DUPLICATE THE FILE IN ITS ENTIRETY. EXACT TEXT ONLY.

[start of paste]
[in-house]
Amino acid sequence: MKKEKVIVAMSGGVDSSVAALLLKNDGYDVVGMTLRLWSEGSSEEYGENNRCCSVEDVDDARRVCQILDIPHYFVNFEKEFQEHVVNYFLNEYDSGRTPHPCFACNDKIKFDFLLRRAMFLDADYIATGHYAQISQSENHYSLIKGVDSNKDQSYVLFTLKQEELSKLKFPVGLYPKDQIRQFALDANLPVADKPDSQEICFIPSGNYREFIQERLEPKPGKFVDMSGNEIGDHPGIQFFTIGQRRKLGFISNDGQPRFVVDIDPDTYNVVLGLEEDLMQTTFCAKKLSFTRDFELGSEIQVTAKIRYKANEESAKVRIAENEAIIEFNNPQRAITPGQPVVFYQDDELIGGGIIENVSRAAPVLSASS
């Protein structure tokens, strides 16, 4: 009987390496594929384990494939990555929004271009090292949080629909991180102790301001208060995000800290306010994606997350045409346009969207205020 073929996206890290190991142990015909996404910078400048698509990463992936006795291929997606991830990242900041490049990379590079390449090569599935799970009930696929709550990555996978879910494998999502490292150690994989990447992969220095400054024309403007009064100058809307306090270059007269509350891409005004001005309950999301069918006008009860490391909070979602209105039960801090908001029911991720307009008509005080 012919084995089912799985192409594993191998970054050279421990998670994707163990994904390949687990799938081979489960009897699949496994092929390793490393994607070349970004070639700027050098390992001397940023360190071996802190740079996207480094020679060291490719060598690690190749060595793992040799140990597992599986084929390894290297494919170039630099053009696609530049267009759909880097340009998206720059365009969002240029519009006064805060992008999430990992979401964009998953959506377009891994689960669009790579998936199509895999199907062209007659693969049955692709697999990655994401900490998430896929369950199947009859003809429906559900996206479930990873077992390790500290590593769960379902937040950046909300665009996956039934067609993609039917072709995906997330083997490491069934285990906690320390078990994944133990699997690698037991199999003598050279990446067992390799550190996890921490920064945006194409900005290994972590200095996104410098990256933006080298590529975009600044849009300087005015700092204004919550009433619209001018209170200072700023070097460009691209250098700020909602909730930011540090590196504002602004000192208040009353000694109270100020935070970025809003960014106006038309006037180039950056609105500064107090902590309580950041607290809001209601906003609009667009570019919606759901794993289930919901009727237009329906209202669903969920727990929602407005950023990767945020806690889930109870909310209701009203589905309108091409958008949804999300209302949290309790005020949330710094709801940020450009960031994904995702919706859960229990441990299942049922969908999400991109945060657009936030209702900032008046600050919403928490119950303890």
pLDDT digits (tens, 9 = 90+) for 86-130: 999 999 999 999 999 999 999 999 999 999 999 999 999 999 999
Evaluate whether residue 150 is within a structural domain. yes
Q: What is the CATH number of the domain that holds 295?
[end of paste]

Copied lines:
[in-house]
Amino acid sequence: MKKEKVIVAMSGGVDSSVAALLLKNDGYDVVGMTLRLWSEGSSEEYGENNRCCSVEDVDDARRVCQILDIPHYFVNFEKEFQEHVVNYFLNEYDSGRTPHPCFACNDKIKFDFLLRRAMFLDADYIATGHYAQISQSENHYSLIKGVDSNKDQSYVLFTLKQEELSKLKFPVGLYPKDQIRQFALDANLPVADKPDSQEICFIPSGNYREFIQERLEPKPGKFVDMSGNEIGDHPGIQFFTIGQRRKLGFISNDGQPRFVVDIDPDTYNVVLGLEEDLMQTTFCAKKLSFTRDFELGSEIQVTAKIRYKANEESAKVRIAENEAIIEFNNPQRAITPGQPVVFYQDDELIGGGIIENVSRAAPVLSASS
């Protein structure tokens, strides 16, 4: 009987390496594929384990494939990555929004271009090292949080629909991180102790301001208060995000800290306010994606997350045409346009969207205020 073929996206890290190991142990015909996404910078400048698509990463992936006795291929997606991830990242900041490049990379590079390449090569599935799970009930696929709550990555996978879910494998999502490292150690994989990447992969220095400054024309403007009064100058809307306090270059007269509350891409005004001005309950999301069918006008009860490391909070979602209105039960801090908001029911991720307009008509005080 012919084995089912799985192409594993191998970054050279421990998670994707163990994904390949687990799938081979489960009897699949496994092929390793490393994607070349970004070639700027050098390992001397940023360190071996802190740079996207480094020679060291490719060598690690190749060595793992040799140990597992599986084929390894290297494919170039630099053009696609530049267009759909880097340009998206720059365009969002240029519009006064805060992008999430990992979401964009998953959506377009891994689960669009790579998936199509895999199907062209007659693969049955692709697999990655994401900490998430896929369950199947009859003809429906559900996206479930990873077992390790500290590593769960379902937040950046909300665009996956039934067609993609039917072709995906997330083997490491069934285990906690320390078990994944133990699997690698037991199999003598050279990446067992390799550190996890921490920064945006194409900005290994972590200095996104410098990256933006080298590529975009600044849009300087005015700092204004919550009433619209001018209170200072700023070097460009691209250098700020909602909730930011540090590196504002602004000192208040009353000694109270100020935070970025809003960014106006038309006037180039950056609105500064107090902590309580950041607290809001209601906003609009667009570019919606759901794993289930919901009727237009329906209202669903969920727990929602407005950023990767945020806690889930109870909310209701009203589905309108091409958008949804999300209302949290309790005020949330710094709801940020450009960031994904995702919706859960229990441990299942049922969908999400991109945060657009936030209702900032008046600050919403928490119950303890």
pLDDT digits (tens, 9 = 90+) for 86-130: 999 999 999 999 999 999 999 999 999 999 999 999 999 999 999
Evaluate whether residue 150 is within a structural domain. yes
Q: What is the CATH number of the domain that holds 295?